4.2 Quality control techniques: selection of “TCA-free” cork stoppers

As it was mentioned in Section 3, the analysis of releasable TCA is used for the quality control of cork batches. The corks are randomly selected, analyzed, and the results are extrapolated to the entire batch of stoppers. Therefore, a purchaser of these natural corks can count on the probability of contamination within the batch, but not on the specific TCA contamination of each individual cork. To guarantee the “TCA-free” status of each stopper, they need to be analyzed individually, one by one. The usual releasable TCA method is not suitable for this goal and is considered destructive: soaking and following drying procedures alter the cork surface due to tannin staining [97] and other effects. Therefore, the aim was to develop nondestructive methods, which could correlate with the releasable TCA analysis. As a result, “TCA-free” corks can be selected from the analyzed batch, commercialized, and used later for wine bottling. Nowadays, there are two main nondestructive approaches to the individual cork analysis, which will be discussed below: sensory methods and automated methods.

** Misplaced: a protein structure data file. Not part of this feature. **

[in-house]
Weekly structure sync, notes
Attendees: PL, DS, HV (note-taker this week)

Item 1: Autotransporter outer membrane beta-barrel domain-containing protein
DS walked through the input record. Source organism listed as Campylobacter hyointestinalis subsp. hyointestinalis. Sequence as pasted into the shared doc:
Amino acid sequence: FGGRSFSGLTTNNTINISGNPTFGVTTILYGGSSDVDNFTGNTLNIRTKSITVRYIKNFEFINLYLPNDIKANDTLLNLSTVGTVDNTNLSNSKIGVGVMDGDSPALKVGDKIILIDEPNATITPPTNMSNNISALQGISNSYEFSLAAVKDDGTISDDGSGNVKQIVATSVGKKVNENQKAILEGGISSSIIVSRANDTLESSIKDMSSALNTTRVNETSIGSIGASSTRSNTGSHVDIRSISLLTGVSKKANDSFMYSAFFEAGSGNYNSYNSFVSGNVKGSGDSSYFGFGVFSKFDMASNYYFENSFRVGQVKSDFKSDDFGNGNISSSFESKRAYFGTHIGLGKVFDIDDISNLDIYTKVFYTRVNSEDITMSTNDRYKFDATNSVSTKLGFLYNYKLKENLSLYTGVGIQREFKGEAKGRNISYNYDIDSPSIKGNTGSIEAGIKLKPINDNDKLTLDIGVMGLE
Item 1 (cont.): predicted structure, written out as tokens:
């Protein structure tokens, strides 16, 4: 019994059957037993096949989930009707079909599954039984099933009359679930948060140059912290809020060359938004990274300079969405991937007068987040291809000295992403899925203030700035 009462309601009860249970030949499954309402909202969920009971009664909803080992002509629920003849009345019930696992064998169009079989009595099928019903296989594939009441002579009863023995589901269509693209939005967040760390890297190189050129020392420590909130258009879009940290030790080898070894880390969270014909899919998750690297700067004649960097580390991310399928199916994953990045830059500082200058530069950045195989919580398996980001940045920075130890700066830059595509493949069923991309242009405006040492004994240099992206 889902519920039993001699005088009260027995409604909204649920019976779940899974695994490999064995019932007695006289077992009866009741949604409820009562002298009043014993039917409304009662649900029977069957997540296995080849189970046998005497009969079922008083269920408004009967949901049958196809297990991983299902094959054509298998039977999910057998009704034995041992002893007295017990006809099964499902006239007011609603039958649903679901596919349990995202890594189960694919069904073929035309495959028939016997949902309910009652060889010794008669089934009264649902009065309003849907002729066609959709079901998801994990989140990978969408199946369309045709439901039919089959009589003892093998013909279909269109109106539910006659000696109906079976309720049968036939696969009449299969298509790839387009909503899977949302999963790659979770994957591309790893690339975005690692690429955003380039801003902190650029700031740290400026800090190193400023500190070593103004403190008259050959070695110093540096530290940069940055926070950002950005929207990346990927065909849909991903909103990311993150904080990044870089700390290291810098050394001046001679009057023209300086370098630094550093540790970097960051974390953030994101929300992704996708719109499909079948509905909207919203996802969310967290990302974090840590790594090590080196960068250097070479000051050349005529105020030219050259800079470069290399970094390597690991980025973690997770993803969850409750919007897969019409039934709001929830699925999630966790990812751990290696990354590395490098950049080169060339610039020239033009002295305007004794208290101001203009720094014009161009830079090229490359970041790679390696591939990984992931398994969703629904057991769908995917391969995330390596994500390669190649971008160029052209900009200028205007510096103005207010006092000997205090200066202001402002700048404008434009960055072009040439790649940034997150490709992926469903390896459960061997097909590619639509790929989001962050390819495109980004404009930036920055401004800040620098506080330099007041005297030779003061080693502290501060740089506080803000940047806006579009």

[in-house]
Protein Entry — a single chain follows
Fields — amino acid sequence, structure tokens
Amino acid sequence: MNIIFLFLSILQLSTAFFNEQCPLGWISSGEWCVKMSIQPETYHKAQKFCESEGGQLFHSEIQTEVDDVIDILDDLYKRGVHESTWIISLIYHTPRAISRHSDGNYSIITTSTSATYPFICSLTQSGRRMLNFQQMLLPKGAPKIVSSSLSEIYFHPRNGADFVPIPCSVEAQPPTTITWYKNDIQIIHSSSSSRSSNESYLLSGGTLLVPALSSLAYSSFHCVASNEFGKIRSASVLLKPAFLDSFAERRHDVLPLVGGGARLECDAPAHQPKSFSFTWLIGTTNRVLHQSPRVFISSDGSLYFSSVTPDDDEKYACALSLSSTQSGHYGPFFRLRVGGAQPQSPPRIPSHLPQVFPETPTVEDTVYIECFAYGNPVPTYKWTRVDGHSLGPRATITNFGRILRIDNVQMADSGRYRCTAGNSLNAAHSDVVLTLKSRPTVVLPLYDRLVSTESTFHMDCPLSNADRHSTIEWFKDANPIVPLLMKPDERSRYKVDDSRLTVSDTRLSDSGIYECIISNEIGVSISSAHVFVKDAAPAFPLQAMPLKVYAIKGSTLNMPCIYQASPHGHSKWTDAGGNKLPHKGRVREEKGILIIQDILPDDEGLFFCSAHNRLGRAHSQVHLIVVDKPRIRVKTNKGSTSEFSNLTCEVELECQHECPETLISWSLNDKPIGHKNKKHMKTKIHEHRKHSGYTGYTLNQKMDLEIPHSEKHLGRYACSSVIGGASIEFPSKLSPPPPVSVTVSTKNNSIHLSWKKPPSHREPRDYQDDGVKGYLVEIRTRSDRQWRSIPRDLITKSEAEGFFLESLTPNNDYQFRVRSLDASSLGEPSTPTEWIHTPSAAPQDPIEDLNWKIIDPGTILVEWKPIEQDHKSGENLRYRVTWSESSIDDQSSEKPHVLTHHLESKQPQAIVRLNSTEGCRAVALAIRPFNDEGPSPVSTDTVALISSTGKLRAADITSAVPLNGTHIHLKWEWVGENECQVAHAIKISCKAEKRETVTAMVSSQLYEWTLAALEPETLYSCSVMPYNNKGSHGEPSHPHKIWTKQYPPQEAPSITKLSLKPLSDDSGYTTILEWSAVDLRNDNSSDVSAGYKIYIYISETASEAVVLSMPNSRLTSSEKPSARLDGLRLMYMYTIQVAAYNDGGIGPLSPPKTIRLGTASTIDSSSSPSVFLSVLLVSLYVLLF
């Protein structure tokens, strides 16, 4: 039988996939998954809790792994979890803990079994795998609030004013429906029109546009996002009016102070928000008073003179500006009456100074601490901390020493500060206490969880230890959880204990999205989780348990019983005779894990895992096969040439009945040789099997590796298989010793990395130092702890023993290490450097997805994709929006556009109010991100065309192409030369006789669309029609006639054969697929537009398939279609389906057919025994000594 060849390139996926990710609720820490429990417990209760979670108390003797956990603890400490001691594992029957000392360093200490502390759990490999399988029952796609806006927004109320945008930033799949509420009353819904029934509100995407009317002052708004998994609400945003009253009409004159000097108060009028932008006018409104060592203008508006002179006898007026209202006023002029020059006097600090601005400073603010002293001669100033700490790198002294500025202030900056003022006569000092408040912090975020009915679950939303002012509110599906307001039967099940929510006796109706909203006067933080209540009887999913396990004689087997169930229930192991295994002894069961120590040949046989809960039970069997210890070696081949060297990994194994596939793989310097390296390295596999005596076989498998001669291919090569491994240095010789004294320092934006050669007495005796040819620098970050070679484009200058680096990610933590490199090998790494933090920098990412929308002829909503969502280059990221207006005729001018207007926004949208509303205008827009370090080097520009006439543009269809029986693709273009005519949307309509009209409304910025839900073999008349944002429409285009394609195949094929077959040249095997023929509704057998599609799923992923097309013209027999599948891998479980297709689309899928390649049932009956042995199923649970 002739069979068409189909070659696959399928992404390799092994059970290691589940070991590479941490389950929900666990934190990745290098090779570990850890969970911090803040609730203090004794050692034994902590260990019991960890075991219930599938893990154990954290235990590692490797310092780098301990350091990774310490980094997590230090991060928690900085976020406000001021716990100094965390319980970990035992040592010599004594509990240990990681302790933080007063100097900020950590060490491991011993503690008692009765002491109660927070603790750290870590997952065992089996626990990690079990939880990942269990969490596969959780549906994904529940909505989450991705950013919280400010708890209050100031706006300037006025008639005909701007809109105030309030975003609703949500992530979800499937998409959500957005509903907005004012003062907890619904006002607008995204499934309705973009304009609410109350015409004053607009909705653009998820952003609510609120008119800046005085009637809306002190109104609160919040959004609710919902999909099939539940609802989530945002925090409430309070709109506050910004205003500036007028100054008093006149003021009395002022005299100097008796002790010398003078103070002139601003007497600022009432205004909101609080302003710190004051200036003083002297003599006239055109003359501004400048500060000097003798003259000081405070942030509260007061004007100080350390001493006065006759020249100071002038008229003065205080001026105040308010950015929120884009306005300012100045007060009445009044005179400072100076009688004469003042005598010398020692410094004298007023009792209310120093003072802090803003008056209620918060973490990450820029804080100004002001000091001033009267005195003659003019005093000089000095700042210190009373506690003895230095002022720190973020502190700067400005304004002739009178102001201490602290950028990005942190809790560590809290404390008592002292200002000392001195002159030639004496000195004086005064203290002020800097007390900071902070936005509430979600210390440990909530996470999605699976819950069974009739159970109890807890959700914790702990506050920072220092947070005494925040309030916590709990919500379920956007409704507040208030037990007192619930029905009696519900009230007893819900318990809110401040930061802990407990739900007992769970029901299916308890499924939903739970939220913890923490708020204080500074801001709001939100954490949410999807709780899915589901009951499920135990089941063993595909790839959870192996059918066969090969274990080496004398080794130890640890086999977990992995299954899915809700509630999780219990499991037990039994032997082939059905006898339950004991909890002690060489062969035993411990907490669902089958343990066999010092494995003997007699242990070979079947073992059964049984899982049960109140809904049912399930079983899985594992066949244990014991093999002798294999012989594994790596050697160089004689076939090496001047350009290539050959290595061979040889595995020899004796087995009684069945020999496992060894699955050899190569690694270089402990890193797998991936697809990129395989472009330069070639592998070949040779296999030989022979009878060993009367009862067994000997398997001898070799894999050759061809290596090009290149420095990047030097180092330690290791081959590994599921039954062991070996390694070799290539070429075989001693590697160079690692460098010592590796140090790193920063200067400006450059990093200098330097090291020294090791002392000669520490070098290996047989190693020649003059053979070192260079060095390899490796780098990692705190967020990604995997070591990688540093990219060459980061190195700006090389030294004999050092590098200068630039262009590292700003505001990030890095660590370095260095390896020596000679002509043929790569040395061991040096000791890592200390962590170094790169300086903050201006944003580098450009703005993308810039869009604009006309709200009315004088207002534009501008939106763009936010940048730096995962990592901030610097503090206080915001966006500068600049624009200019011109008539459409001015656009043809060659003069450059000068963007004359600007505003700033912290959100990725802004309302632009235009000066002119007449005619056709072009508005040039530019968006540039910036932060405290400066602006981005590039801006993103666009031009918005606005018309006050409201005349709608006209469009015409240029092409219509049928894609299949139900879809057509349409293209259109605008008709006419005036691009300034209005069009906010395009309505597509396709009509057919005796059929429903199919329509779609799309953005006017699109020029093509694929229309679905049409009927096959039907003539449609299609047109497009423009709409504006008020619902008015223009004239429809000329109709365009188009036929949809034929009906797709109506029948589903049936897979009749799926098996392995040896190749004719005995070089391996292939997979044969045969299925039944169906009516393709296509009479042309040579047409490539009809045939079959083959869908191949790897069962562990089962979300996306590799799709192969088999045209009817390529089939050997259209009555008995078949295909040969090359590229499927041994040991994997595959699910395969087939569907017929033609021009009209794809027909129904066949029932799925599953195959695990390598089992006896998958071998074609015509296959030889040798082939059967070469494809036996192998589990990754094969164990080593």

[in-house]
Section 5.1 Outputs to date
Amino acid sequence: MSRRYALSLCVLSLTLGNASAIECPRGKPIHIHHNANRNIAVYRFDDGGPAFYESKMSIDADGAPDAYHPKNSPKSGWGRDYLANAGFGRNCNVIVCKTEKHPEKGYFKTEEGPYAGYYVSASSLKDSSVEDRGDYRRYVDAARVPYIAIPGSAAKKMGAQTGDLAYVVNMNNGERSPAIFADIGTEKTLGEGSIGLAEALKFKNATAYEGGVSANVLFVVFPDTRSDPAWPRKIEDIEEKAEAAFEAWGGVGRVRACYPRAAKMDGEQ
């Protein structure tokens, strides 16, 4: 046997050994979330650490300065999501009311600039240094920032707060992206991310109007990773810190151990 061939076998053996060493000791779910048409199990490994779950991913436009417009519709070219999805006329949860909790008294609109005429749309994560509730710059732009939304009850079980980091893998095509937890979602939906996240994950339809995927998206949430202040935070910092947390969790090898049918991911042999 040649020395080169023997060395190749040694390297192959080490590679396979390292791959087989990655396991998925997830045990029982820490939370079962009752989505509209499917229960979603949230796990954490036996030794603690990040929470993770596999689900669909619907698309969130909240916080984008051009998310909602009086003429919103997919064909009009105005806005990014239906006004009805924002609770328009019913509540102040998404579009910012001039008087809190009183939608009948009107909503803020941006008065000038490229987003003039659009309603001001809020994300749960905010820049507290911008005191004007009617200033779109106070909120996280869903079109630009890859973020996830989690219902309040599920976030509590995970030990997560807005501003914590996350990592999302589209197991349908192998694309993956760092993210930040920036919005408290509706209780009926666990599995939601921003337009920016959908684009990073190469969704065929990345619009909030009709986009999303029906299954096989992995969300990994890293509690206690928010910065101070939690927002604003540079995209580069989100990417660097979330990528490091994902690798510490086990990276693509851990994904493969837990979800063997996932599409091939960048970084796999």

4.2.1 Sensory methods

The high interest in the sensory evaluation of corks in the late 1980s and 1990s led to the development of the first protocols for analysis of stoppers [98, 99]. In 1996, a typical sensory method of cork analysis was elaborated at the Hochschule Geisenheim University (former Forschungsanstalt Geisenheim), which according to the latest issue [100] offers the following procedure:

  • 3 ml of water is added to a 100 ml glass flask and a cork stopper is placed inside;

  • the flask is closed and stored at room temperature for 24 hours (to achieve equilibrium of the volatile compounds of the cork in the vapor phase);

  • sensory evaluation of the air from the vials by sniffing by trained tasters.

Other routine sensory evaluation methods of cork stoppers can vary somewhat in terms of flask volume, amount of water added, etc. [97, 101]. For example, Macku and colleagues [97] used 125 mL flasks with six drops of water. At the same time, the principles described above remain the same and are often referred to as “dry soak” sensory screening methods. The advantage of the sensory method also lies in the possibility to identify various aroma deviations related not only to TCA and haloanisoles. Among other off-odor compounds are geosmin, 2-methoxy-3,5-dimethylpyrazine, and various malodorous molecules, including those formed due to improper treatment of cork material during the production process.